In Titanic's day blueprints were not used to construct ships or even boats. The reason is quite simple. A ship must be drawn in three dimensions. Any given point must line up with that same location on the plan, the elevation and the transverse views. Pencil lines are simply too "fat" to be accuate, so the process of "lofting" was developed. A loftsman would take the drawings and enlarge them to full size. This was normally done on a smooth, white floor installed over the building shop -- hence the term "lofting" since it was done in the loft. In the process lines would be "ooched" one way or another in order to achieve the 3-dimensional meetings described above. If the ship was a one-off, that was it. However, if the vessel being lofted was first of a series, the loftsmen would create a "table of offsets" giving the three critical measurements taken from the full size views on the loft floor.
Something else, even parchment or vellum used in conventional drafting changes size with humidity.. This means that it is impossible to take accurate measurements off a scale drawing. This is one more reason you never...repeat, never...take exact measurements off a reduced scale drawing.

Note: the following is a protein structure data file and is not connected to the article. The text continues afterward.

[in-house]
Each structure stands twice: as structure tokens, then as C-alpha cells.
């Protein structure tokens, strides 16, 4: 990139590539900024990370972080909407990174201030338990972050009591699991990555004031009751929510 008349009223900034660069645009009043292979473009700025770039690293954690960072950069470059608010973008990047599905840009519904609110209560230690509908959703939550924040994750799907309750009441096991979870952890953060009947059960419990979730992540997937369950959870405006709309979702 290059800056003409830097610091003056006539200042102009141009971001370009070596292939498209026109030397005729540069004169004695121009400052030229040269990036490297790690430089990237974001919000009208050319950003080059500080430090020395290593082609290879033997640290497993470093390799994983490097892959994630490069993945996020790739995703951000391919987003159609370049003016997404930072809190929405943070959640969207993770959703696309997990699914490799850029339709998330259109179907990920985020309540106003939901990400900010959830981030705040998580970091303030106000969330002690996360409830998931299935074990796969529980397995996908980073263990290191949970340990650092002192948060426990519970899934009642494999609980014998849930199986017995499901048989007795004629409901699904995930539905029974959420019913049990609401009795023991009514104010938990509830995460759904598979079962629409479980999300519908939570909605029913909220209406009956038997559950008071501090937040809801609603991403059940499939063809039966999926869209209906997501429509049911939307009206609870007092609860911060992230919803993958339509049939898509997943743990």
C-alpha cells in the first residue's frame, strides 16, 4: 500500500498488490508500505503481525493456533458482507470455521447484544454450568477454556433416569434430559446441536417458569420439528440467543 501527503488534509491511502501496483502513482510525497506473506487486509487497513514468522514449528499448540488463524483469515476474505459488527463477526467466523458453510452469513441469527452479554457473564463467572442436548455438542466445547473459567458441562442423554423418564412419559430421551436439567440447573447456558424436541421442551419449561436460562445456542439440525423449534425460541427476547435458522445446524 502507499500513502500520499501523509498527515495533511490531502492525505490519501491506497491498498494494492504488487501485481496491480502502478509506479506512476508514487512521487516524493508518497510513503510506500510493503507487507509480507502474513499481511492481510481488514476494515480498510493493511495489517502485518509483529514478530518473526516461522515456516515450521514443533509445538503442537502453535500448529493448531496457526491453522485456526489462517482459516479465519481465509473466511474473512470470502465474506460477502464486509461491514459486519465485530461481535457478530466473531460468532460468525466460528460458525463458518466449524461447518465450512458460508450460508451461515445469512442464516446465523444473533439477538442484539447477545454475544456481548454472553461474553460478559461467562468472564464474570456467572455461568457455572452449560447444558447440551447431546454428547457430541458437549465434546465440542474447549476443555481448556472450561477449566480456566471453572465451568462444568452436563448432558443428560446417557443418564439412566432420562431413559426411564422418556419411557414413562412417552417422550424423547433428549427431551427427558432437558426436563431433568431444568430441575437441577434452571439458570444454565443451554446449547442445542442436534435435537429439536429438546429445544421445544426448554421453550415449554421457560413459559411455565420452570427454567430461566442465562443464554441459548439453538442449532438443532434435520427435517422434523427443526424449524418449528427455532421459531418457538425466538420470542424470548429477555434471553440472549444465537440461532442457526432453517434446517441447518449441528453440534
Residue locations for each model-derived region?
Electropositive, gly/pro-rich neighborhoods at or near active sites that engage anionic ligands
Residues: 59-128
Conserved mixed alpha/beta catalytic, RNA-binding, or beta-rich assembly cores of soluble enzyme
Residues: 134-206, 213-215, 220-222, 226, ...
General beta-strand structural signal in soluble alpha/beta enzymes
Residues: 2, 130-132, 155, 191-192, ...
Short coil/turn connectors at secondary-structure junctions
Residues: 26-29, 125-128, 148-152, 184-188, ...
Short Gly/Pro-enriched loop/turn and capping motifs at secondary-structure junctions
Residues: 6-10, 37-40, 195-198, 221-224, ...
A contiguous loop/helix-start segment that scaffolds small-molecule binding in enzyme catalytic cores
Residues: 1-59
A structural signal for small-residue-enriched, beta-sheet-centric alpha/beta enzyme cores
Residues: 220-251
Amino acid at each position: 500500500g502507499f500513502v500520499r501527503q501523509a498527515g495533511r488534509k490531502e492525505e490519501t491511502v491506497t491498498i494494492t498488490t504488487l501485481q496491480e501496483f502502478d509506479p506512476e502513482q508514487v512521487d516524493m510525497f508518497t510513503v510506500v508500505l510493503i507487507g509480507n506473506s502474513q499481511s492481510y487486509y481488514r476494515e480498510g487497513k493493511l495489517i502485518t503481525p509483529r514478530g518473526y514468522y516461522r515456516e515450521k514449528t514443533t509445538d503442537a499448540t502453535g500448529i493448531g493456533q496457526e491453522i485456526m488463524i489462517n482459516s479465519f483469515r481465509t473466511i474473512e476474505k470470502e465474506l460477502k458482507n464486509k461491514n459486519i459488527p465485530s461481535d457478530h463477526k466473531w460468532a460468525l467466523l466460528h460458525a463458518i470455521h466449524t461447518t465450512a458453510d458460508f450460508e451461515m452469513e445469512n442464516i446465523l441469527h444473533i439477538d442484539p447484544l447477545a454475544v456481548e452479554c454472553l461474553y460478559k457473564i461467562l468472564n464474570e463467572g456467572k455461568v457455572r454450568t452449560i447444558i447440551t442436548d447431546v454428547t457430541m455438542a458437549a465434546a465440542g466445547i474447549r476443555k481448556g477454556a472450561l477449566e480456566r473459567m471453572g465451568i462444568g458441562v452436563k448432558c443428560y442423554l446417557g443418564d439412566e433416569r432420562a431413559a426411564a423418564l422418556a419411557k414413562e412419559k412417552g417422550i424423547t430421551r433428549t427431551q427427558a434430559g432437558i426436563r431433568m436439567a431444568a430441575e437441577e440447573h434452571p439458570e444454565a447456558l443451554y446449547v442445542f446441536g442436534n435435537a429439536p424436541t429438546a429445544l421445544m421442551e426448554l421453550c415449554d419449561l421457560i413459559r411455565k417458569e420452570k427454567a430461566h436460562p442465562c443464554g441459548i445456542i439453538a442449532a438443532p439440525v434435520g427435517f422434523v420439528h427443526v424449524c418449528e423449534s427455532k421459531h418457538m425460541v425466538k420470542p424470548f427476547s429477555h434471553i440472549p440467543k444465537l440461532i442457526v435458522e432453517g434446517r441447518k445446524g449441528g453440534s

As anyone who has done a lick of carpentry knows, "12" is the magic number. It can be divided in half as well as iinto thirds and quarters with simple in-the-head mathematics. Best, there are no pesky fractions or decimals to deal with in these divisions. Until the irrational metric system began to dominate, every bloke in the shop knew the unique math around the number 12. Alas, those were the days! Actually, those are still the days in shops around the world. The number 12 still dominates. (Example: The standard size of plywood is still based around the globe on 4 feet of width and 8 feet of length.)
But, I digress. A table of offsets lists dimensions in feet and inches as well a eighth inches. Plus there are "ticks." A number on the table might read 10-2-2, which would mean "10 feet, 2 inches, and a two eighths." If the same number were written 10-2-2+ it would mean "ten feet, 2 inches, two eighths plus a 'tick' which is 1/16th of an inch. A minus sign at the end would make it "minus 1/16th of an inch.
The reason for "ticks" is human memory. Its easy enough to learn feet and inches. Keeping all fractions in 1/8th inch simplifies that part of what you have to keep in your head. And, you don't memorize anything for a "tick" which is just half an eighth. Believe me, when you have to climb down six feet off a building platform to consult the plans, and then climb back up you want to use a system that makes carrying measurements in your noggin as easy as possible.
While the system sounds crude, it is really quite workable. Wood swells across the grain so planks gain or lose in width sometimes during the working day. Steel gets longer or shorter as it heats and cools. In either case, the measurements made in the morning would not necessarily match precisely those taken at 2:00 p.m. So, there must be a bit of a "fudge factor" in all of this.
-- David G. Brown